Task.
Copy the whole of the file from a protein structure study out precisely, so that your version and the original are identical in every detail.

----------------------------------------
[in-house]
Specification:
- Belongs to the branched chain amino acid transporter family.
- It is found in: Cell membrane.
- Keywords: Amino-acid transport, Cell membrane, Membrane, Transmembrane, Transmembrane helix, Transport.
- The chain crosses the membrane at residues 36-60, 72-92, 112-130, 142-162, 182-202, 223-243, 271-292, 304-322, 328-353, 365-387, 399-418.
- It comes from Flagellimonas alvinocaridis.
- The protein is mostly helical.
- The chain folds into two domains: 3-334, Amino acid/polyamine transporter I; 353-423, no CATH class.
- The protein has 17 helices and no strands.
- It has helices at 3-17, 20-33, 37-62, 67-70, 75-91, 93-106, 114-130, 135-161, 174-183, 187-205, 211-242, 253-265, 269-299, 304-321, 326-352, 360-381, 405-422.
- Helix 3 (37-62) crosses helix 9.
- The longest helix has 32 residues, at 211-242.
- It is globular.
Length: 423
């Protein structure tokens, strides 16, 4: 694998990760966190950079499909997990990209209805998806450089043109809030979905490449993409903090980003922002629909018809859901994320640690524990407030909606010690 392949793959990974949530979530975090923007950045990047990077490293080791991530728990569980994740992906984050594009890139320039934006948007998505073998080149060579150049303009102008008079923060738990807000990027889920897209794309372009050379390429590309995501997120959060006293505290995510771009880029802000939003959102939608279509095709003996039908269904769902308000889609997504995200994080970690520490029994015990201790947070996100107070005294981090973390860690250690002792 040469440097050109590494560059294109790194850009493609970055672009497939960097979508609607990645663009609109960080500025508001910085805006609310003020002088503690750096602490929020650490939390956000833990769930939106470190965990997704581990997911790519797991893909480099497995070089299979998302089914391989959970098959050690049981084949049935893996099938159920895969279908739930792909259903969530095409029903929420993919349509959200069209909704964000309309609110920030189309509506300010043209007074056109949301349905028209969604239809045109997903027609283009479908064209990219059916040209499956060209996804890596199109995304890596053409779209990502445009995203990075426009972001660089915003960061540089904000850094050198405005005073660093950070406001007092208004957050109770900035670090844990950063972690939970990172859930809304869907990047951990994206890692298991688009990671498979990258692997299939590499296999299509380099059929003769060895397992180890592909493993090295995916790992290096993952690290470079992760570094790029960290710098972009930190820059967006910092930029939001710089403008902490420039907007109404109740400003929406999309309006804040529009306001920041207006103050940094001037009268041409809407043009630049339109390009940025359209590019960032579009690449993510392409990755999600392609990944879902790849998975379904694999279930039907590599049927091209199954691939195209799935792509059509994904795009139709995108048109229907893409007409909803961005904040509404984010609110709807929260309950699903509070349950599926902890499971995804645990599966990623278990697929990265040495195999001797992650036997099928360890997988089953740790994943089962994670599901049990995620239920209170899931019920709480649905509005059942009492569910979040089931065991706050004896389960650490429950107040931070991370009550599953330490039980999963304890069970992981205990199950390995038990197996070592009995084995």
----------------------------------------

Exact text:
[in-house]
Specification:
- Belongs to the branched chain amino acid transporter family.
- It is found in: Cell membrane.
- Keywords: Amino-acid transport, Cell membrane, Membrane, Transmembrane, Transmembrane helix, Transport.
- The chain crosses the membrane at residues 36-60, 72-92, 112-130, 142-162, 182-202, 223-243, 271-292, 304-322, 328-353, 365-387, 399-418.
- It comes from Flagellimonas alvinocaridis.
- The protein is mostly helical.
- The chain folds into two domains: 3-334, Amino acid/polyamine transporter I; 353-423, no CATH class.
- The protein has 17 helices and no strands.
- It has helices at 3-17, 20-33, 37-62, 67-70, 75-91, 93-106, 114-130, 135-161, 174-183, 187-205, 211-242, 253-265, 269-299, 304-321, 326-352, 360-381, 405-422.
- Helix 3 (37-62) crosses helix 9.
- The longest helix has 32 residues, at 211-242.
- It is globular.
Length: 423
């Protein structure tokens, strides 16, 4: 694998990760966190950079499909997990990209209805998806450089043109809030979905490449993409903090980003922002629909018809859901994320640690524990407030909606010690 392949793959990974949530979530975090923007950045990047990077490293080791991530728990569980994740992906984050594009890139320039934006948007998505073998080149060579150049303009102008008079923060738990807000990027889920897209794309372009050379390429590309995501997120959060006293505290995510771009880029802000939003959102939608279509095709003996039908269904769902308000889609997504995200994080970690520490029994015990201790947070996100107070005294981090973390860690250690002792 040469440097050109590494560059294109790194850009493609970055672009497939960097979508609607990645663009609109960080500025508001910085805006609310003020002088503690750096602490929020650490939390956000833990769930939106470190965990997704581990997911790519797991893909480099497995070089299979998302089914391989959970098959050690049981084949049935893996099938159920895969279908739930792909259903969530095409029903929420993919349509959200069209909704964000309309609110920030189309509506300010043209007074056109949301349905028209969604239809045109997903027609283009479908064209990219059916040209499956060209996804890596199109995304890596053409779209990502445009995203990075426009972001660089915003960061540089904000850094050198405005005073660093950070406001007092208004957050109770900035670090844990950063972690939970990172859930809304869907990047951990994206890692298991688009990671498979990258692997299939590499296999299509380099059929003769060895397992180890592909493993090295995916790992290096993952690290470079992760570094790029960290710098972009930190820059967006910092930029939001710089403008902490420039907007109404109740400003929406999309309006804040529009306001920041207006103050940094001037009268041409809407043009630049339109390009940025359209590019960032579009690449993510392409990755999600392609990944879902790849998975379904694999279930039907590599049927091209199954691939195209799935792509059509994904795009139709995108048109229907893409007409909803961005904040509404984010609110709807929260309950699903509070349950599926902890499971995804645990599966990623278990697929990265040495195999001797992650036997099928360890997988089953740790994943089962994670599901049990995620239920209170899931019920709480649905509005059942009492569910979040089931065991706050004896389960650490429950107040931070991370009550599953330490039980999963304890069970992981205990199950390995038990197996070592009995084995």